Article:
US researcher who worked with Wuhan virology lab reveals why Coronavirus escape is 'unlikely'

  • A US based researcher, Jonna Mazet said Coronavirus leak from the Chinese lab would be extremely unlikely

  • Jonna Mazet is an epidemiologist at the University of California

  • She worked with Wuhan Institute of Virology in the past

The Wuhan Institute of Virology became the centre of debate as many experts and officials claimed that the novel Coronavirus has escaped from the lab before infecting millions of people. But a US researcher who had worked with Wuhan Institute of Virology has revealed four reasons why a Coronavirus leak from the Chinese lab would be extremely unlikely.

The former researcher at Wuhan lab recently revealed that "I know that we worked together to develop very stringent safety protocol and it's highly unlikely this was a lab accident."

The researcher who explained it all

Jonna Mazet
Jonna Mazet Wikimedia commons

Jonna Mazet is an epidemiologist at the University of California, Davis. She has worked with trained WIV researchers in the past. She told the Business Insider that she had met and worked with China's famous "bat woman", Shi Zhengli, a virologist at Wuhan Institute of Virology, through PREDICT, a pandemic early-warning program by the US Agency for International Development. This program had trained staff of the funded 30 labs globally including the controversial Wuhan lab. But the program was called off by the US President Donald Trump in last fall.

While talking about Shi, Mazet said, "I've spoken to her recently. She is absolutely positive that she had never identified this virus prior to the outbreak happening." She also mentioned that the famous Chinese researcher has set up a secure database into which members of PREDICT could upload their work for public release.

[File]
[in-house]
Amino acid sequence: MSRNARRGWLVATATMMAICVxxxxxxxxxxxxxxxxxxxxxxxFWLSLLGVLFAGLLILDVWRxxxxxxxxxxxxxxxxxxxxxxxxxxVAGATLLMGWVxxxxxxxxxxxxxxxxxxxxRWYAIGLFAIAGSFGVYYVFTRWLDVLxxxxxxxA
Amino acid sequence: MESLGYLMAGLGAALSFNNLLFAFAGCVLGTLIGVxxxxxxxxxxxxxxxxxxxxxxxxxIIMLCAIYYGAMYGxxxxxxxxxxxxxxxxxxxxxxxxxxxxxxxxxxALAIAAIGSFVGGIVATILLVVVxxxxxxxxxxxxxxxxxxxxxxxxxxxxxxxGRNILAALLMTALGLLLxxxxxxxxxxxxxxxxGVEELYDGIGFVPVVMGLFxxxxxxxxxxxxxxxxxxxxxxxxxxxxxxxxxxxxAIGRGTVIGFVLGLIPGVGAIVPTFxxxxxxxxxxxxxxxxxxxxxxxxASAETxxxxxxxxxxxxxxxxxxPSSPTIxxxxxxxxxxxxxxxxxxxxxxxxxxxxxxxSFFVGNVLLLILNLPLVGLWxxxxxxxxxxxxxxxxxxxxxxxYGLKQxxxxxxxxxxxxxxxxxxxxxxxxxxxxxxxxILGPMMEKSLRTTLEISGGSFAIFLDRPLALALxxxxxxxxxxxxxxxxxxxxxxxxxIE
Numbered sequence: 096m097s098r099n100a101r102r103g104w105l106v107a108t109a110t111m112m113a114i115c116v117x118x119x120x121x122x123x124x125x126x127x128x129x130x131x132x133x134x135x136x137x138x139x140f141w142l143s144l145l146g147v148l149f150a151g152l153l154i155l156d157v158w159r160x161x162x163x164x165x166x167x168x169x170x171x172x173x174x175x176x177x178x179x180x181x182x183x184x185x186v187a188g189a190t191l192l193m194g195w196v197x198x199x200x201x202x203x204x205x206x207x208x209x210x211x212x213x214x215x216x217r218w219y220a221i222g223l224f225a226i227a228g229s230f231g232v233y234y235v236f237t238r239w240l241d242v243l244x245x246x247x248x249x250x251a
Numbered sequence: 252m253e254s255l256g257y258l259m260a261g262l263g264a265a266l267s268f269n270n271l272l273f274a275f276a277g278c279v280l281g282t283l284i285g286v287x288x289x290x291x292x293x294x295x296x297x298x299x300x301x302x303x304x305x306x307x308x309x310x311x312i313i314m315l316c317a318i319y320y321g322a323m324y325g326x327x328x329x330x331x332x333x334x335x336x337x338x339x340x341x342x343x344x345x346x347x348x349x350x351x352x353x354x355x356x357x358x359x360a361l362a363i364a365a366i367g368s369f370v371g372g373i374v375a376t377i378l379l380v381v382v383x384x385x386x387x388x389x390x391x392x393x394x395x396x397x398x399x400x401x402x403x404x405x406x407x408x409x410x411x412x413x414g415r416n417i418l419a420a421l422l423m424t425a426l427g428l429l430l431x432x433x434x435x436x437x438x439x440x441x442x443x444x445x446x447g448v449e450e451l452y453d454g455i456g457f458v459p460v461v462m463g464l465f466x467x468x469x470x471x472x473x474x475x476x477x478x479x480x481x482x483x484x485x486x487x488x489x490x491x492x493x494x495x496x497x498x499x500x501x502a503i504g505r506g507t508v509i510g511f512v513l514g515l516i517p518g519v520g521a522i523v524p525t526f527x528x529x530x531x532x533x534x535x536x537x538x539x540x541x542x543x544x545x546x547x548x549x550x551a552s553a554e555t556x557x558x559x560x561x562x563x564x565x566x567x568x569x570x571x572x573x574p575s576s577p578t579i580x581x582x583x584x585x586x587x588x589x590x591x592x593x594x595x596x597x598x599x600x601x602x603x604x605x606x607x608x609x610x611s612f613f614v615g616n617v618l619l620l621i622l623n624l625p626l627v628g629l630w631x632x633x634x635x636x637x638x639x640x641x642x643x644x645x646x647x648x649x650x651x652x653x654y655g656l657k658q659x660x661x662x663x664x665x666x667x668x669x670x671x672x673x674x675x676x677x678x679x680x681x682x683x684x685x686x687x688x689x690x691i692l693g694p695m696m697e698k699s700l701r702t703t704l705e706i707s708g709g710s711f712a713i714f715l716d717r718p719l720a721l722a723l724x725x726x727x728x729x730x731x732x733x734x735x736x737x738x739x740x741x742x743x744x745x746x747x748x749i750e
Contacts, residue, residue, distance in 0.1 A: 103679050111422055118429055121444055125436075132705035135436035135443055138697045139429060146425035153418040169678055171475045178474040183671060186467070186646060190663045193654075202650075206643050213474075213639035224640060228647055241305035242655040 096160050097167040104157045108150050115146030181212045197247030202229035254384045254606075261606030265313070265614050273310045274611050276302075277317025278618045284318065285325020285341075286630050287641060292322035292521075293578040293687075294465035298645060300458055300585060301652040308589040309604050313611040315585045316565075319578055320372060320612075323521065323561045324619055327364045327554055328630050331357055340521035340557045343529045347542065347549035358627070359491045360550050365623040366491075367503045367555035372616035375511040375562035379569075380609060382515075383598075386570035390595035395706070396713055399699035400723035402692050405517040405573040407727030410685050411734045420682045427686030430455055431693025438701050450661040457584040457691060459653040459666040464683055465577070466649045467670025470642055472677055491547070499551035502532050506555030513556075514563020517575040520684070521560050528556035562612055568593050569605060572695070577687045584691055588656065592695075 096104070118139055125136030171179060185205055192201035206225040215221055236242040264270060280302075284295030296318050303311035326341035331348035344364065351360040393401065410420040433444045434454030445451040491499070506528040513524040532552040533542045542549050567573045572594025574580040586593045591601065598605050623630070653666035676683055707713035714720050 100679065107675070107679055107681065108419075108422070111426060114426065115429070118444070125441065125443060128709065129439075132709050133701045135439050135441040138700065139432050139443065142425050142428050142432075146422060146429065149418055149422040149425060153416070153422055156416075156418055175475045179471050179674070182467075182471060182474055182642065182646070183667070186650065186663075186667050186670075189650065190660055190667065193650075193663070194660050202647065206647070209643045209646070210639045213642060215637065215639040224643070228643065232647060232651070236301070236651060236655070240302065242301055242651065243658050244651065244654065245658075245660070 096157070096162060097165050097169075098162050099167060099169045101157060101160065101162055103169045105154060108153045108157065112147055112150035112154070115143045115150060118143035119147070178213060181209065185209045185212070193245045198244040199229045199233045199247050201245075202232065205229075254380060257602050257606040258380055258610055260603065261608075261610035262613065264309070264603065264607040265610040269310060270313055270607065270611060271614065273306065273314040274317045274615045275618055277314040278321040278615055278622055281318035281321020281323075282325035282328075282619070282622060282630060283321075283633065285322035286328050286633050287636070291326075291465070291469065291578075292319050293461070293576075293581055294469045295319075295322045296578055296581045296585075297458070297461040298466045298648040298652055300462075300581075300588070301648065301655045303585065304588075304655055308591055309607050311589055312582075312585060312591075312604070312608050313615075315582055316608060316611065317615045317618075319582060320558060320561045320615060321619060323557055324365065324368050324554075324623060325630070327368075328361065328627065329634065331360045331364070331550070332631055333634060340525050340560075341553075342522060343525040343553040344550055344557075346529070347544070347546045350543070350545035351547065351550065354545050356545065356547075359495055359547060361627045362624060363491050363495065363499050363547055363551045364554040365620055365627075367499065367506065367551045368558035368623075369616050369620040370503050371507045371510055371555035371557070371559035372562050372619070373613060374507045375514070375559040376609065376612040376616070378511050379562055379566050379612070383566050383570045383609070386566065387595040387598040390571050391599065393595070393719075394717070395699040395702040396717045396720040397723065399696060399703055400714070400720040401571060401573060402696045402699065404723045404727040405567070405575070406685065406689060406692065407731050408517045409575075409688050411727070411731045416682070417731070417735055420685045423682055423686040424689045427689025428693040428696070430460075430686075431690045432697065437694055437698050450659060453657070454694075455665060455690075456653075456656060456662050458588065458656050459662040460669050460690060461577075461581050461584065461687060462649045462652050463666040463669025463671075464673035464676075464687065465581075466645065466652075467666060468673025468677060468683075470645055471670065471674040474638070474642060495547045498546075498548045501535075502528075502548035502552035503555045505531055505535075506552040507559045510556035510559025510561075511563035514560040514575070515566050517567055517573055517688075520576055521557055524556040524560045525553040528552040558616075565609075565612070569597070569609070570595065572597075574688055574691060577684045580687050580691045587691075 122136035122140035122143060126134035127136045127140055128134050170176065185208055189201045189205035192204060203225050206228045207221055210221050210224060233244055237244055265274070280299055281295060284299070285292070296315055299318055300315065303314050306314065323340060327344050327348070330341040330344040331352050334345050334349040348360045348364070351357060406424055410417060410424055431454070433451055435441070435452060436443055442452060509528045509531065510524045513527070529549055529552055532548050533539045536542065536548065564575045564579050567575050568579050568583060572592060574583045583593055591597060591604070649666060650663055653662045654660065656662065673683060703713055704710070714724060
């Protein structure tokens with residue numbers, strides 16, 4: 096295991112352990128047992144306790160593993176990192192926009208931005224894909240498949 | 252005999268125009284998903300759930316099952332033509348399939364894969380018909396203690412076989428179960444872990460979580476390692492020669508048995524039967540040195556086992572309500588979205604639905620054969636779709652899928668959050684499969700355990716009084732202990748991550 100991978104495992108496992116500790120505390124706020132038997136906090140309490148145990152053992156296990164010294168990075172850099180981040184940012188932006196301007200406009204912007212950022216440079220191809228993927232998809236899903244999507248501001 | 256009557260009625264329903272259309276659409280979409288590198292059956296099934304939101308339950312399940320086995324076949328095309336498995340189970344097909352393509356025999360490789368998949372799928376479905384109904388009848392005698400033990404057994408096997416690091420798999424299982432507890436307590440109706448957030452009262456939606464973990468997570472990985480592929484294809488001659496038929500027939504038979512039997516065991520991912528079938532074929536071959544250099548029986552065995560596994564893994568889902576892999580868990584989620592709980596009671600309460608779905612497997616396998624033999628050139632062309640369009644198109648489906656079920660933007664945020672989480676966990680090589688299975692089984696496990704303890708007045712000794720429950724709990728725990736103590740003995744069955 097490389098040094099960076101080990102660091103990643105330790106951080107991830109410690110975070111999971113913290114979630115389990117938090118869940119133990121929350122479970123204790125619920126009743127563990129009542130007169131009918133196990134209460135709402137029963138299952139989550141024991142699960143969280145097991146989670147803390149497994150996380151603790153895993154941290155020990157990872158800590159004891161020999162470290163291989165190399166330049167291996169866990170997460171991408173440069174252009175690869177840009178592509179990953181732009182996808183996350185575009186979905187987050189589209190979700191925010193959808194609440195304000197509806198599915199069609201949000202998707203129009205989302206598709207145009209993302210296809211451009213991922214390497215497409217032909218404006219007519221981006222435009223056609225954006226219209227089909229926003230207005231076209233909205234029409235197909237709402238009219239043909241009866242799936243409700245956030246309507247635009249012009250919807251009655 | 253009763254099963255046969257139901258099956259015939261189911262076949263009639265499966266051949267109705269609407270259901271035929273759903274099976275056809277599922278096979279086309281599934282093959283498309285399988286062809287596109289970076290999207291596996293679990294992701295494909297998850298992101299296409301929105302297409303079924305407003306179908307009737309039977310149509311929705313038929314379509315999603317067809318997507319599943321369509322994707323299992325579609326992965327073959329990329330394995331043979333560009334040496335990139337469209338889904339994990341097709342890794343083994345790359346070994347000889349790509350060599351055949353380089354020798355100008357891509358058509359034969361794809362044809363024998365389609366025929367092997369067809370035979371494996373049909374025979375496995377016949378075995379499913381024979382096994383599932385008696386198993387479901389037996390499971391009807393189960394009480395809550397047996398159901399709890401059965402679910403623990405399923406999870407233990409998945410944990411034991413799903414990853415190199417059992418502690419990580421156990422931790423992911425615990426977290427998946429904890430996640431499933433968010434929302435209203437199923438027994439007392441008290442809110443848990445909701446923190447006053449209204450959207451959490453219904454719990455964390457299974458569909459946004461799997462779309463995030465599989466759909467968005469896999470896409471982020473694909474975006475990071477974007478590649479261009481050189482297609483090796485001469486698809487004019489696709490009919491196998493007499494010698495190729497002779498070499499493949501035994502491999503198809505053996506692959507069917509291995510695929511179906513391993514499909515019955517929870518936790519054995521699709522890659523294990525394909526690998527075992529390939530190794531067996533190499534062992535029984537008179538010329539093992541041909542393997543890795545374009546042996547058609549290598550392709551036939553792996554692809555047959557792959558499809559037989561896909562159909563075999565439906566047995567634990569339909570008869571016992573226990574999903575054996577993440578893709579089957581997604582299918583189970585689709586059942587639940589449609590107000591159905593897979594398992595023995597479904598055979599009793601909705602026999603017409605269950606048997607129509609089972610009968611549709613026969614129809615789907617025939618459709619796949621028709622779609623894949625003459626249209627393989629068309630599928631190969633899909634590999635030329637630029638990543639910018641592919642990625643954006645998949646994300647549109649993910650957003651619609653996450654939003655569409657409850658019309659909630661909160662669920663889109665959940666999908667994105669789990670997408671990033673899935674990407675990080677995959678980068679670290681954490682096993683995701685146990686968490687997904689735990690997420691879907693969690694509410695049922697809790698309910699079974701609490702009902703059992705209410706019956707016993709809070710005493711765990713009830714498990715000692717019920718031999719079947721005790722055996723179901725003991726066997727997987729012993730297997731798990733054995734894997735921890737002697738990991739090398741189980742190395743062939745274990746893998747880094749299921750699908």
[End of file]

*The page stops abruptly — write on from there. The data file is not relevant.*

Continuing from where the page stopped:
Even though she has not personally visited the Wuhan lab, Mazet stated that "In the field, they wear extreme personal protective equipment, including multiple layers of gloves, eye protection, full bodysuits, and masks." In addition, she mentioned about the samples from bats which are immediately after collection split between some vials that contain chemicals which deactivate the virus and other containers that keep the virus alive.

Shi Zhengli
Wuhan Institute of Virology

Since she had communicated with Shi, Mazet knew about the details of the research process in Wuhan. She said that soon all collected samples dunked into liquid nitrogen on the spot that freezes the viruses and then vials are disinfected and transported to the lab. As per her, all the scientists wearing personal protective equipment (PPE) unload the samples into a freezer set to minus 80 degree Celsius. During the research, scientists only use deactivated, non-infectious ones, while the vials with viable viruses ate locked down in a specific area.

Mazet added that the caves and wild habitats in which virus samples get collected from bats are dangerous places for people as humans can get exposed to the live viruses. In terms of Shi's research, these caves and other places were navigated in full PPE, while one the other hand, tourists, hunters and poachers who rely on this wildlife for food or trade, get inside such places with less protective measures.

It should be noted that as per NPR, Peter Daszak, president of EcoHealth Alliance that manage PREDICT's relationship with the Wuhan lab said that his colleagues are "finding 1 to 7 million people exposed" to zoonotic viruses in Southeast Asia each year and added that "That's the pathway. It's just so obvious to all of us working in the field."

Related topics : Coronavirus